Yesterday, I had the opportunity to worship in Romania for the first time. I don’t make a point of talking about my religion generally; I believe the best way to live one’s beliefs is through meaningful actions, rather than words. But I came to Romania to learn how to be unselfish, to learn what it’s like to truly have problems, not just American ones. So I want to talk about the people I’ve met who showed me charity, and goodness, the kind I hope to have someday.
Romania is a very devout country. When I pass the gold-tinted facades of the Eastern and Russian Orthodox churches-Sfânta Nicolae, Metropolitan Cathedral, and others, people are filing inside to worship, their hands moving silently in the sign of the cross. They show respect to Orthodox priests crossing the street.
I don’t know what I was expecting when I went into the tidy, three-story building the small number of Mormon people in Iaşi attend. I knew there would be very few, but I didn’t know what they would be like. Maybe they worshiped differently than I was used to. Maybe I would make a mistake or say something offensive in my broken Romanian.
But as soon as I walked to the end of the front row of cushioned chairs, a well-dressed older woman moved her purse over and patted the seat next to her, smiling. She introduced herself as Lidia. “Încântata,” I said in return. “Mă numesc Kuniko.”
“Frumos-beautiful,” she responded, and it was about then that I realized that God can be found anywhere, even in Romania. This woman didn’t know me, but she made me feel a little more comfortable in a place where I know nothing and no one.
And today, I met another woman who quietly, unobtrusively, taught me about love and service. Her name is Teodora, or Teo for short, the chief psychologist at the orphanage I’ll be working at. Not only does she work all day tending to the children, she goes home at night to a sick elderly mother whom she is primary caregiver to. She was recently asked to be the director of the orphanage when her boss stepped down, but she told us in her flawless English: “I don’t want to do that. I’d rather work with the kids. I love that.”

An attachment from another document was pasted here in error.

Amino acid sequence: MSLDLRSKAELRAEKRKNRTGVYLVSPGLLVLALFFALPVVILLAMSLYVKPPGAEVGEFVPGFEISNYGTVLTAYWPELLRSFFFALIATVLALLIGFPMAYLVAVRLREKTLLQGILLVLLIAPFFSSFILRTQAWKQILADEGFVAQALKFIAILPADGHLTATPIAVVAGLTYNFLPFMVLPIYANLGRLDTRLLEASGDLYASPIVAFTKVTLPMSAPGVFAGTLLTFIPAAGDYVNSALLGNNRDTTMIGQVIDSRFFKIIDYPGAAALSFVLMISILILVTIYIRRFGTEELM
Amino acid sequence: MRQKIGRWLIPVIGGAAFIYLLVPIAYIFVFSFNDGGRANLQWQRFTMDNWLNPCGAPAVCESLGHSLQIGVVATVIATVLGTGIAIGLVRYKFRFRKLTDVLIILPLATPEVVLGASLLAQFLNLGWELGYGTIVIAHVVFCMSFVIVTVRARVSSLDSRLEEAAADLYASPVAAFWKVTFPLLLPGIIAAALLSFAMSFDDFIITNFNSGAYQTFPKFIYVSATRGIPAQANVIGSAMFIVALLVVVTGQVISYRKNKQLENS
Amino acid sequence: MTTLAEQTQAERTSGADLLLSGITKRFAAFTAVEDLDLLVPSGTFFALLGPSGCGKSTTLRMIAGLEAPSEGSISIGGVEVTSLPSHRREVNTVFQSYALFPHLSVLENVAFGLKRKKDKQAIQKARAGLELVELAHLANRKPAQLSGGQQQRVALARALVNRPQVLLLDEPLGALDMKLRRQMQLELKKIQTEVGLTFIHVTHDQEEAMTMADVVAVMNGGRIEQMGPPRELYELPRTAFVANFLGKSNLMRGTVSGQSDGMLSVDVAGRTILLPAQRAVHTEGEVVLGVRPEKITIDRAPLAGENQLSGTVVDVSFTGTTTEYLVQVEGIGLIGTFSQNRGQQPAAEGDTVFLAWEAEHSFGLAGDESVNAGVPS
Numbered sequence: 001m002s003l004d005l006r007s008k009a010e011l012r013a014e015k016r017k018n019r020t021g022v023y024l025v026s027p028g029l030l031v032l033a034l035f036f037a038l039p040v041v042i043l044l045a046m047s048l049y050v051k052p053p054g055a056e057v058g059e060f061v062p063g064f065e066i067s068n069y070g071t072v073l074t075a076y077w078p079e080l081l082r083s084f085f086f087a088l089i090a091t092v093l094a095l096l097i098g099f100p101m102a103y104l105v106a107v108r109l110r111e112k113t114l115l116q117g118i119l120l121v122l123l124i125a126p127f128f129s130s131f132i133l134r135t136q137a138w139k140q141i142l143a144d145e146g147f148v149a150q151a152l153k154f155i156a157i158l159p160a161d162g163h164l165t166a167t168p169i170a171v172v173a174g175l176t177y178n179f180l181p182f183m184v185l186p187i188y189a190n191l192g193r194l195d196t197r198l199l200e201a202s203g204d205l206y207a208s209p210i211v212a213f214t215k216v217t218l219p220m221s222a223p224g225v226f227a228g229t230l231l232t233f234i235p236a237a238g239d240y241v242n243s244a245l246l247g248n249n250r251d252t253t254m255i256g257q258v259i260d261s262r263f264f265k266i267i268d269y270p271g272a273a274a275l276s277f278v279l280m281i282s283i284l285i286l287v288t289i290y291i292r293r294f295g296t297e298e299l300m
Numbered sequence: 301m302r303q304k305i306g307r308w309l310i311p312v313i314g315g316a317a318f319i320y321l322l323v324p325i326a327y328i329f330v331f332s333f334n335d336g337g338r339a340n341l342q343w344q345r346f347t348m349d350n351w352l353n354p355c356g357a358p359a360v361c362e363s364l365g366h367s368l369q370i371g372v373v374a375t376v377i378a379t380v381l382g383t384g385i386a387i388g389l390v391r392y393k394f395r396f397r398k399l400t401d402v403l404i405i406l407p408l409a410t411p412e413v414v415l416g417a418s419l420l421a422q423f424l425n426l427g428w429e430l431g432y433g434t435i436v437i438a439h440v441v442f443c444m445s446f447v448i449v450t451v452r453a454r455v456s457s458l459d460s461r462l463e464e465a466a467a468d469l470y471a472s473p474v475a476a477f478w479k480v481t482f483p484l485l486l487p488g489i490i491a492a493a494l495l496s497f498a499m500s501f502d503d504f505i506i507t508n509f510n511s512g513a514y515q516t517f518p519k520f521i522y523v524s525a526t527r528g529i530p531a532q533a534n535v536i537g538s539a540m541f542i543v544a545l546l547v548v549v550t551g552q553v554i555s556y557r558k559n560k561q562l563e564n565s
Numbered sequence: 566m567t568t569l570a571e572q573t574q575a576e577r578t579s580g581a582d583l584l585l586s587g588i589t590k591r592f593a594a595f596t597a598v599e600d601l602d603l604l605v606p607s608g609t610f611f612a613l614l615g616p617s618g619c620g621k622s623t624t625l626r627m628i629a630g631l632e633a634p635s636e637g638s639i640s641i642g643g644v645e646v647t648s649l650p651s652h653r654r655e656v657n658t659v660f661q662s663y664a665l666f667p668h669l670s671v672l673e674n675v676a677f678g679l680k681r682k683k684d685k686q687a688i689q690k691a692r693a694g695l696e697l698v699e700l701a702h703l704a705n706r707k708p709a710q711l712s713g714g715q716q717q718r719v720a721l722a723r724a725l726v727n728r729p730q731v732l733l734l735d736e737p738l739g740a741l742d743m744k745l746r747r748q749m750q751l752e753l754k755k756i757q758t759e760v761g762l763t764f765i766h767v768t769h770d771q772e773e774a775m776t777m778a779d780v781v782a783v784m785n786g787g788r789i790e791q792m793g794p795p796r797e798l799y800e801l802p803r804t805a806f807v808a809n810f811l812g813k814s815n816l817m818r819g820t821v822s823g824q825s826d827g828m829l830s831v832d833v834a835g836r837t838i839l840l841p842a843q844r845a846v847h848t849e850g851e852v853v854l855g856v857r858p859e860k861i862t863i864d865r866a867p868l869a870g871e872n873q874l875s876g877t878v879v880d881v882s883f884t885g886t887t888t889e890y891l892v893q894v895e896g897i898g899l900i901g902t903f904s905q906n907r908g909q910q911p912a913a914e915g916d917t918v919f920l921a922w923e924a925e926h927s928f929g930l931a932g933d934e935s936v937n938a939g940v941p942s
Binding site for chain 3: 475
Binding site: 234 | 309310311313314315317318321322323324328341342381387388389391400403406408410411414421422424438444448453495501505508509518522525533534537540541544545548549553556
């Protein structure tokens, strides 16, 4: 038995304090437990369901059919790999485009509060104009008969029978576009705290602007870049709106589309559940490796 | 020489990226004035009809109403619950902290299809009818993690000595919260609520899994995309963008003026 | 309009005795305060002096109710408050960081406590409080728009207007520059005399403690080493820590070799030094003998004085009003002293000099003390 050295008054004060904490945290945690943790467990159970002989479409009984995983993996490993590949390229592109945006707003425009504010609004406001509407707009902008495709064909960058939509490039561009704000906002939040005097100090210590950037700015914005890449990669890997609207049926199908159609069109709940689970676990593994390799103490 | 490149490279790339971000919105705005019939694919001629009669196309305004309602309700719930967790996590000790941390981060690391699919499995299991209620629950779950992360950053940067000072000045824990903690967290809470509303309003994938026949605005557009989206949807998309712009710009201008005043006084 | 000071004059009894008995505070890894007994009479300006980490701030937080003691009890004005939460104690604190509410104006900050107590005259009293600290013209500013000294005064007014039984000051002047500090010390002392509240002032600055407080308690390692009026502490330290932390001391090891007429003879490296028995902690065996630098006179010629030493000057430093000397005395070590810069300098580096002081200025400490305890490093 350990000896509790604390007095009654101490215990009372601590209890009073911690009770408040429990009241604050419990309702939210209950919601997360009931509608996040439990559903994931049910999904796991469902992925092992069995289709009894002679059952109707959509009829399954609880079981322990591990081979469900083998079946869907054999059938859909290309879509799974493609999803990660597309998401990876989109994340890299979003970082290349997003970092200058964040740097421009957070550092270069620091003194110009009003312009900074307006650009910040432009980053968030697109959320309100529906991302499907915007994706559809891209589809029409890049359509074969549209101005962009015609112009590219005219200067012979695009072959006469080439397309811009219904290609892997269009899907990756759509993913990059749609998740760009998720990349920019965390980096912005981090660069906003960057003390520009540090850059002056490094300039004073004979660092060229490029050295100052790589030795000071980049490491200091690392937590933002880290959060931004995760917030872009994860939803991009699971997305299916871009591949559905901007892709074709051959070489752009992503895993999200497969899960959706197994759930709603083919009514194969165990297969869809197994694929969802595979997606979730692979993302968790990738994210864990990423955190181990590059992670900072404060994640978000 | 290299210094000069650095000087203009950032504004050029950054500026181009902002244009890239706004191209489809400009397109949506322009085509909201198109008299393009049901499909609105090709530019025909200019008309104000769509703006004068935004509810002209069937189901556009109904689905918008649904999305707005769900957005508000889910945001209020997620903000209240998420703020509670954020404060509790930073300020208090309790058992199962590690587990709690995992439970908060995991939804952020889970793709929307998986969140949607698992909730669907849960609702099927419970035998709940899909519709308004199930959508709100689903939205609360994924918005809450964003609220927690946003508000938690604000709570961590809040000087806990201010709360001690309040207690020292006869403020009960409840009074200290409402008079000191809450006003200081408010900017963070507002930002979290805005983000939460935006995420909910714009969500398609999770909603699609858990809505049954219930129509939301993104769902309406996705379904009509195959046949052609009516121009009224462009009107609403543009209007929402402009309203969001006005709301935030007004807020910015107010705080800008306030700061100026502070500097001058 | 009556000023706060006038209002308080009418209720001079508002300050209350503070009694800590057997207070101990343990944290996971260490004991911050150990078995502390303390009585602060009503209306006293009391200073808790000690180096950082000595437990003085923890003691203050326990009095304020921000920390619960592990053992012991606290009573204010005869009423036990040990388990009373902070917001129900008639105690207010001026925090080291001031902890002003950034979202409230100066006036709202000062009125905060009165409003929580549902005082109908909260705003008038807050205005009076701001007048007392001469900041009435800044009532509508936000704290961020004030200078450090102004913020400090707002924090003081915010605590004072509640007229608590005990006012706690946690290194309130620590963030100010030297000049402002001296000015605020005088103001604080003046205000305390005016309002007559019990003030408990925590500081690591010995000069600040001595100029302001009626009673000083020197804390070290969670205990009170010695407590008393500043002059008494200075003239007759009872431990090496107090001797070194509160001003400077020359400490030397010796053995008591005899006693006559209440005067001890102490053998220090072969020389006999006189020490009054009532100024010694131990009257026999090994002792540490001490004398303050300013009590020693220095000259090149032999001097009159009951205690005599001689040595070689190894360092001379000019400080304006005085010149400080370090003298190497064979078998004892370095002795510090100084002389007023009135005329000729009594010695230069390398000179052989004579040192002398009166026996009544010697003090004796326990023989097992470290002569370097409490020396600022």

She took us all around the city, ten of us strung out in a line behind her like little ducks, and patiently ordered ten train tickets to our specifications so we could go on our very first trip. She smoothed our worries and answered our questions. She even helped correct my Romanian. She said, “I’m at your disposal.”
I have delusions of grandeur, sure. I want to do and be and have and see so many things. Sometimes it makes me feel like my spirit is bursting, and I’m pretty sure it gives everyone who knows me whiplash. But what I want most is to be someone whose strength others can count on, like my mother. I want to be a leader, like my father. And I want to help others feel that they’re okay, that they matter, like Lidia and Teo. Religion isn’t about telling someone else how to improve; it’s about focusing on improving yourself by serving others. I’ve been shown that this week in abundance.